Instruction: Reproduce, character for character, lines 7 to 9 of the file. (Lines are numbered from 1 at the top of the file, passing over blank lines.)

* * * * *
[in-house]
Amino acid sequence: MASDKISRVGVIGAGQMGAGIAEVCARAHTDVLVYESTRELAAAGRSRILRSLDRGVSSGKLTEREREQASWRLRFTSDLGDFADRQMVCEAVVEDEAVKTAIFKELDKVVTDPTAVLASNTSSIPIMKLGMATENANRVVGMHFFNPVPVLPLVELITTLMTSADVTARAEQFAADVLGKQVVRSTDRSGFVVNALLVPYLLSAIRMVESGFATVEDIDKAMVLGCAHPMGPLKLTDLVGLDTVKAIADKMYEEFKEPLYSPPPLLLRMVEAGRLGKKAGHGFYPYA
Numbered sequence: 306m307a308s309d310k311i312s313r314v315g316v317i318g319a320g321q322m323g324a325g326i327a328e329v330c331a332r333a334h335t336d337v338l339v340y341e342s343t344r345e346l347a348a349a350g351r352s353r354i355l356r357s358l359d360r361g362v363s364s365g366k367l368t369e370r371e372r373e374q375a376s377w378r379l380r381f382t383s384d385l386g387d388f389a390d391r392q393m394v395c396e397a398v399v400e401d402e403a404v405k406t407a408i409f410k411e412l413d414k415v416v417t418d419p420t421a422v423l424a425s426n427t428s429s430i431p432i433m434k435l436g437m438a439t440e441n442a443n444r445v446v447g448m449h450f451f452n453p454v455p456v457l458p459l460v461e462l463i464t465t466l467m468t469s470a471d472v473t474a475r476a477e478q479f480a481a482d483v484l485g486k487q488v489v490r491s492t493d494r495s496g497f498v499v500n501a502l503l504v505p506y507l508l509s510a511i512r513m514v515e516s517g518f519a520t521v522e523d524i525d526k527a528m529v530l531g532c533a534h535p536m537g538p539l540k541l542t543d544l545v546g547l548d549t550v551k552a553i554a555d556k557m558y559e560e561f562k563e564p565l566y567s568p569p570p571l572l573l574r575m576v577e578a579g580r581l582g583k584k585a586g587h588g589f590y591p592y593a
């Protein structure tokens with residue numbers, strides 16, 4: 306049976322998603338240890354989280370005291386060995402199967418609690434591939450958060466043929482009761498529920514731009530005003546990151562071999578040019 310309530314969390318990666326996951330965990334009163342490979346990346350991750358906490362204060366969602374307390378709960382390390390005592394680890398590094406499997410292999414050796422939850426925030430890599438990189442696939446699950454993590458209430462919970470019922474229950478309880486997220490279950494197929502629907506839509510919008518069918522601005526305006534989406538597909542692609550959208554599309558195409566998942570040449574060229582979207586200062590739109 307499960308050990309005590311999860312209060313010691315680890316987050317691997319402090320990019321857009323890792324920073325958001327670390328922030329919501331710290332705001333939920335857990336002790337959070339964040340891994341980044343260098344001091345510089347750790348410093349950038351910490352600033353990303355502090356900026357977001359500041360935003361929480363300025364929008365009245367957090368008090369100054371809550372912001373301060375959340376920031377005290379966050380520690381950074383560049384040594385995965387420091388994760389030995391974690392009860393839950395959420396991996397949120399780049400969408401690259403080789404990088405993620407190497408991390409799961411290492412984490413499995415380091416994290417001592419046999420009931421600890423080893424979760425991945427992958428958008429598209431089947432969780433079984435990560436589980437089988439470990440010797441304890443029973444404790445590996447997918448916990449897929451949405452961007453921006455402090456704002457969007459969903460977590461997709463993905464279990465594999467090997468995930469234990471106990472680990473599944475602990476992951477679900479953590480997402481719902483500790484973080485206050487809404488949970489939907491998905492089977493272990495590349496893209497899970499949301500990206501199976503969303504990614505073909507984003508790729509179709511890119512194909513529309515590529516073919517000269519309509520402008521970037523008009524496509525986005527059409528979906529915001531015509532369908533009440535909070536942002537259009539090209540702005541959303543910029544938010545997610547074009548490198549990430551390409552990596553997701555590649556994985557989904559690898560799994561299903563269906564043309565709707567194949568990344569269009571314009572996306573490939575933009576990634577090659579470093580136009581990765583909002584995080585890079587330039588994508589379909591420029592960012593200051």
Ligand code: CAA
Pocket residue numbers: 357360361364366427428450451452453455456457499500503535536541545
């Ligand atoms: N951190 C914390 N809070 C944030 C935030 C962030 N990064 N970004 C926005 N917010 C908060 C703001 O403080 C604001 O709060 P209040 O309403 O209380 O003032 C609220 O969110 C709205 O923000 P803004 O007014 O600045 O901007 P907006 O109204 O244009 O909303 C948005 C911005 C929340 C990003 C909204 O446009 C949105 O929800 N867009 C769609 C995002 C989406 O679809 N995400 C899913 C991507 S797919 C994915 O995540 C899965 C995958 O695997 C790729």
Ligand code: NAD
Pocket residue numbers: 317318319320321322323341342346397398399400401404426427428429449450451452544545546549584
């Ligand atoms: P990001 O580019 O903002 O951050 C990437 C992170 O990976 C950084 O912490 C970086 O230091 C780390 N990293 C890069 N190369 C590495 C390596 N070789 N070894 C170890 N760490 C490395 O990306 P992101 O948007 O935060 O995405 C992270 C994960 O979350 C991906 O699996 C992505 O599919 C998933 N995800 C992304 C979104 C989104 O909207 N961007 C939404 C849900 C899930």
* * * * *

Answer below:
């Ligand atoms: N951190 C914390 N809070 C944030 C935030 C962030 N990064 N970004 C926005 N917010 C908060 C703001 O403080 C604001 O709060 P209040 O309403 O209380 O003032 C609220 O969110 C709205 O923000 P803004 O007014 O600045 O901007 P907006 O109204 O244009 O909303 C948005 C911005 C929340 C990003 C909204 O446009 C949105 O929800 N867009 C769609 C995002 C989406 O679809 N995400 C899913 C991507 S797919 C994915 O995540 C899965 C995958 O695997 C790729």
Ligand code: NAD
Pocket residue numbers: 317318319320321322323341342346397398399400401404426427428429449450451452544545546549584